blown forecast

2008-12-12 14:09:06.000 – Stacey Kawecki,  Observer

Free falling temperature

Yesterday’s comment was all about how excited I was for the coming snow, and that we should remain cold throughout the storm. Well, guess who was wrong. This is neither the first time nor the last time a forecast on Mount Washington has been shattered to bits and pieces. It does hurt a little though, and not just because my forecasting ego took a big bruise. While the summit got a little bit of ice, then a lot of rain, the rest of NH got hammered with ice. Over 305,000 are without power and Governor Lynch has declared a state of emergency. There are more outages today than occurred during the storm of January 1998 (information from the WMUR-TV website). This storm was a nasty piece of work, but luckily high pressure will bring sunny skies for tomorrow. Temperatures will be cool, especially in the north, but the calm weather should aid in the clean-up.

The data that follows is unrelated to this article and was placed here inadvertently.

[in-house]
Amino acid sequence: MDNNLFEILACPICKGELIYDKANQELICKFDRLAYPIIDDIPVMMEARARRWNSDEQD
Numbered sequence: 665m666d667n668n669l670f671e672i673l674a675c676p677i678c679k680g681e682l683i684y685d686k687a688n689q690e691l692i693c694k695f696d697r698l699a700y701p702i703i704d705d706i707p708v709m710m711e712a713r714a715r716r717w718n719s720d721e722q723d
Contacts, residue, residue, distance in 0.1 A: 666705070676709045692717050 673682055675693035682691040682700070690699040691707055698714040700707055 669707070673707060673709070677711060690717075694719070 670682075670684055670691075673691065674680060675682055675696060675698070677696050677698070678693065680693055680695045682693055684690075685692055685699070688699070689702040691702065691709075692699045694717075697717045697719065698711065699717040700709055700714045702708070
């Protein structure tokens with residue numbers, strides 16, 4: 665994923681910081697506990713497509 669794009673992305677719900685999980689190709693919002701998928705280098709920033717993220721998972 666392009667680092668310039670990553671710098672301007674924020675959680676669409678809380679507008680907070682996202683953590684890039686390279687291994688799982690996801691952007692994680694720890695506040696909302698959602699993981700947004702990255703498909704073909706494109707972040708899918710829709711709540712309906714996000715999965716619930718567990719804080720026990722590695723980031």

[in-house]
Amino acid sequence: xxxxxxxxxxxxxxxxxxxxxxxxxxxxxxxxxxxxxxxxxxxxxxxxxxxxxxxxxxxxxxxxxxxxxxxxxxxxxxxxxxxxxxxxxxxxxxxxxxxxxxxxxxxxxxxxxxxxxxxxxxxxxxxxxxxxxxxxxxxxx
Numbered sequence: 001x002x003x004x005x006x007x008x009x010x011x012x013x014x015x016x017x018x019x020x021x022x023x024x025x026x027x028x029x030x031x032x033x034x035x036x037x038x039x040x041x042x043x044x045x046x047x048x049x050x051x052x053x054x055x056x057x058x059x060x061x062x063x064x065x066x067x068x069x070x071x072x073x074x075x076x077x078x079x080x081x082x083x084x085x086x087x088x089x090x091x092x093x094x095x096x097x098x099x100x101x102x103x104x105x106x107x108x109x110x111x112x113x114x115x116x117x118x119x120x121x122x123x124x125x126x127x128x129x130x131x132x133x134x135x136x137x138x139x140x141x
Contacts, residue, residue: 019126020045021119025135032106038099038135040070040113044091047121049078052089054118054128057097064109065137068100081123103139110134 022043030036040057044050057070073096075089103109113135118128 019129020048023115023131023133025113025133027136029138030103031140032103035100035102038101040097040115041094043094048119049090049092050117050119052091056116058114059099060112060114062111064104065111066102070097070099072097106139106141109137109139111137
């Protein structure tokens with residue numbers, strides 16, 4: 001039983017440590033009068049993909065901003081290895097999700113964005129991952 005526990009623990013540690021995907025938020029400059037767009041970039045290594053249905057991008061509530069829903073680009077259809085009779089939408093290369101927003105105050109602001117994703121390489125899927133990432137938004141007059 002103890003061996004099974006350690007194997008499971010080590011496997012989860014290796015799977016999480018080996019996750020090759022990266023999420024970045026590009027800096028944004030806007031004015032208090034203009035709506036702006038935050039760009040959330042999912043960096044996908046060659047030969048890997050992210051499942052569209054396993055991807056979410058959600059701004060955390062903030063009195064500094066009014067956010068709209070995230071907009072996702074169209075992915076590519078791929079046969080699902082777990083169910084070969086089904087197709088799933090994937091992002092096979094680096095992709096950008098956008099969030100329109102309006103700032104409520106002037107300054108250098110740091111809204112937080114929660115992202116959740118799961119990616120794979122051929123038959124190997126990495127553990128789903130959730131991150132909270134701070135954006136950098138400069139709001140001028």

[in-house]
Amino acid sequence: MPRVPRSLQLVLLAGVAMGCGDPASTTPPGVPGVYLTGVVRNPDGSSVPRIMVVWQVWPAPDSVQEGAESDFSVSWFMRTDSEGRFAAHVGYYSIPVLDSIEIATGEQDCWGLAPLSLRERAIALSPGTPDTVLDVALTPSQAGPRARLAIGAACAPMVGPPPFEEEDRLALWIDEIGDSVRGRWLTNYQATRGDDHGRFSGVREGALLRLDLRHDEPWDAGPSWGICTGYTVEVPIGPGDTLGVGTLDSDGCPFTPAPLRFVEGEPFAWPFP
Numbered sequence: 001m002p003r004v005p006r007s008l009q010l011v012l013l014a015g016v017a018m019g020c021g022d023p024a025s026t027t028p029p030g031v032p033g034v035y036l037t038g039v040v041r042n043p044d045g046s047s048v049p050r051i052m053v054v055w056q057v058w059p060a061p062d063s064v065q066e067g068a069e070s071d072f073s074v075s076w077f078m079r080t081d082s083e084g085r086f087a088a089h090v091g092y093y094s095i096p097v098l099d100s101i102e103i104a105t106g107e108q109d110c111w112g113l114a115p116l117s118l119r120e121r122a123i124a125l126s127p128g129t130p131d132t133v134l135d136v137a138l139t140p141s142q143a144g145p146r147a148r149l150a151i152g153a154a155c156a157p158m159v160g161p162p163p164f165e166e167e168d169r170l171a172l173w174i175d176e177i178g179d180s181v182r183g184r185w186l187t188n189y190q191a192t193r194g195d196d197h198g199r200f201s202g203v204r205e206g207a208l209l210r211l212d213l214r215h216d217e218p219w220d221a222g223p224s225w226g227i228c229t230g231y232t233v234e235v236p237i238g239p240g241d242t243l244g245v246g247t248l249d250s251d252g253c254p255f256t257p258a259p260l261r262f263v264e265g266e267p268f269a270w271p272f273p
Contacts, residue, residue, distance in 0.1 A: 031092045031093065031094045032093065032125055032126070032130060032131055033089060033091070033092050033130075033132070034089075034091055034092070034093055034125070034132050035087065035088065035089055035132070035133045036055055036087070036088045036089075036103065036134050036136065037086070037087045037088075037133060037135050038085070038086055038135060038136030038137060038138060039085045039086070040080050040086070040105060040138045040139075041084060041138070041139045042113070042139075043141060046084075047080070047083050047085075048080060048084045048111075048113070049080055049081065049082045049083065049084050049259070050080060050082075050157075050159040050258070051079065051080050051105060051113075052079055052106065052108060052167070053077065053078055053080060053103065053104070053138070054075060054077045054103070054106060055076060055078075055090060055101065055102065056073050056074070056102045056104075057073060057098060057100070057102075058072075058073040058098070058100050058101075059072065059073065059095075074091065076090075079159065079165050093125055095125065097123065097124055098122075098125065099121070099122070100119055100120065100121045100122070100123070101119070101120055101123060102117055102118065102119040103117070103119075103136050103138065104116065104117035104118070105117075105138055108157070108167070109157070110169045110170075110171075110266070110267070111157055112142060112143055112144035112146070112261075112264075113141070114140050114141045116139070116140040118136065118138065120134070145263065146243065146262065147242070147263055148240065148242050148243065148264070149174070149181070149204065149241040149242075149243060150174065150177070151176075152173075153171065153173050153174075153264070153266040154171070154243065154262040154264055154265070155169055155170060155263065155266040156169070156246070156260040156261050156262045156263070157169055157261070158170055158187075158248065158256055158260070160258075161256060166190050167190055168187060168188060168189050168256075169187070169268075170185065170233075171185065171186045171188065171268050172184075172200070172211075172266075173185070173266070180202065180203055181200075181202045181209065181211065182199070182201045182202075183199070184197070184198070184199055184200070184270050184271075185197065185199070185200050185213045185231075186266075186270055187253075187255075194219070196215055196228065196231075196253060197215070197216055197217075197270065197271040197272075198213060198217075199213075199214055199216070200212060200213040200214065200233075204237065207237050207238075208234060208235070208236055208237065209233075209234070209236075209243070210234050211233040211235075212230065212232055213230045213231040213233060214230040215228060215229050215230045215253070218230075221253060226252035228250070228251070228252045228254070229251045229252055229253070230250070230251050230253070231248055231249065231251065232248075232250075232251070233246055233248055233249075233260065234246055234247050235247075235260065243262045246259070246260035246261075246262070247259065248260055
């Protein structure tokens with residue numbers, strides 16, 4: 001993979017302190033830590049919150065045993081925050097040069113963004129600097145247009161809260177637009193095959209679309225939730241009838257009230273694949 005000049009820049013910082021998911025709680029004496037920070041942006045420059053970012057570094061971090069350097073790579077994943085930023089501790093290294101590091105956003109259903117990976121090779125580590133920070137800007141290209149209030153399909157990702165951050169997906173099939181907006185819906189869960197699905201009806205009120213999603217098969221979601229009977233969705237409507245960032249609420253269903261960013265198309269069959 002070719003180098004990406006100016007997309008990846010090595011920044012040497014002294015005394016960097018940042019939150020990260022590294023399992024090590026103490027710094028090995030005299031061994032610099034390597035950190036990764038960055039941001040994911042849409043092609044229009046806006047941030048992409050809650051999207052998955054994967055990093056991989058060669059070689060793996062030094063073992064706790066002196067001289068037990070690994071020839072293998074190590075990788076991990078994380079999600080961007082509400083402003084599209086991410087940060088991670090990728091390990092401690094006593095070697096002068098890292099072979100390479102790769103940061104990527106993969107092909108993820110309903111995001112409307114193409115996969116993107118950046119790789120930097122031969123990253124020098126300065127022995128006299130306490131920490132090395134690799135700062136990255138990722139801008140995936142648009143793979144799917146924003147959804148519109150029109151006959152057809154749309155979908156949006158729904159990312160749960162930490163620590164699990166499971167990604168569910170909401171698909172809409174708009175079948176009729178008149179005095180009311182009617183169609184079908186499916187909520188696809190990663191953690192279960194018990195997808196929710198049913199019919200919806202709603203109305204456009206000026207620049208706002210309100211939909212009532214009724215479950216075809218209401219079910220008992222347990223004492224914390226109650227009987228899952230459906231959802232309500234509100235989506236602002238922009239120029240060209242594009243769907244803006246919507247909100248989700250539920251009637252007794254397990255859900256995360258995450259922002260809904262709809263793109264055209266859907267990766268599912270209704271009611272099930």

On the summit, we see an inch or so of ice on our windows and think nothing of it. I think we summit-dwellers take for granted the strength of the building in which we live. We also sometimes forget that half an inch of ice on long tree limbs or power lines can have a devastating effect. Being above tree line during a storm like this is like being in a submarine during a hurricane. The building is tough, and the ice accrues, but the waves, tree limbs, power lines, and roof shingles don’t smash into our building, windows, or cars. Well, our cars are in the valley, so we might have some devastation of our own to clean up come Wednesday.

The weather is known for changing rapidly in New England, especially on some of the higher peaks. Today was definitely one of those days, as the temperature fell from 31°F to 18°F in just one hour. It will only get colder. BRRR!


Stacey Kawecki,  Observer

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